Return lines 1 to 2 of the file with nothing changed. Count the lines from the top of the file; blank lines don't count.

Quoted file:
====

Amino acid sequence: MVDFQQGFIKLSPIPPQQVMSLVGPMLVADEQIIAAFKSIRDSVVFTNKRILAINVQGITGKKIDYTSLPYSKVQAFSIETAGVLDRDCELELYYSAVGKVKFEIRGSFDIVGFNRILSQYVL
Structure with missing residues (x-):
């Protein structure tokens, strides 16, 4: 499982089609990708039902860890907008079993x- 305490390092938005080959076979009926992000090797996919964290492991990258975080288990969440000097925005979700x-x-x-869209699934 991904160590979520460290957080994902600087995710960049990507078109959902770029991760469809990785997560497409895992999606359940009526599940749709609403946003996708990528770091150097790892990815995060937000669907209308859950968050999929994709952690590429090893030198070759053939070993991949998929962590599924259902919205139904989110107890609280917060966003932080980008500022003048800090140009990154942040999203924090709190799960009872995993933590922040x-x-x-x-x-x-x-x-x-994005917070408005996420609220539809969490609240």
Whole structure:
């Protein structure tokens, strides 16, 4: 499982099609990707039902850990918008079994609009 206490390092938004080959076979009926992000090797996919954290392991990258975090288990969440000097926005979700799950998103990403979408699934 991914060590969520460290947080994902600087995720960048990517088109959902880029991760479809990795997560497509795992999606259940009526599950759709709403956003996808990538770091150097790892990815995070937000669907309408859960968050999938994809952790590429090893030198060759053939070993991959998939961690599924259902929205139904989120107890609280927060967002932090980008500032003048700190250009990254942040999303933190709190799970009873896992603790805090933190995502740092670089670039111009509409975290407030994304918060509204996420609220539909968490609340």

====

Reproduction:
Amino acid sequence: MVDFQQGFIKLSPIPPQQVMSLVGPMLVADEQIIAAFKSIRDSVVFTNKRILAINVQGITGKKIDYTSLPYSKVQAFSIETAGVLDRDCELELYYSAVGKVKFEIRGSFDIVGFNRILSQYVL
Structure with missing residues (x-):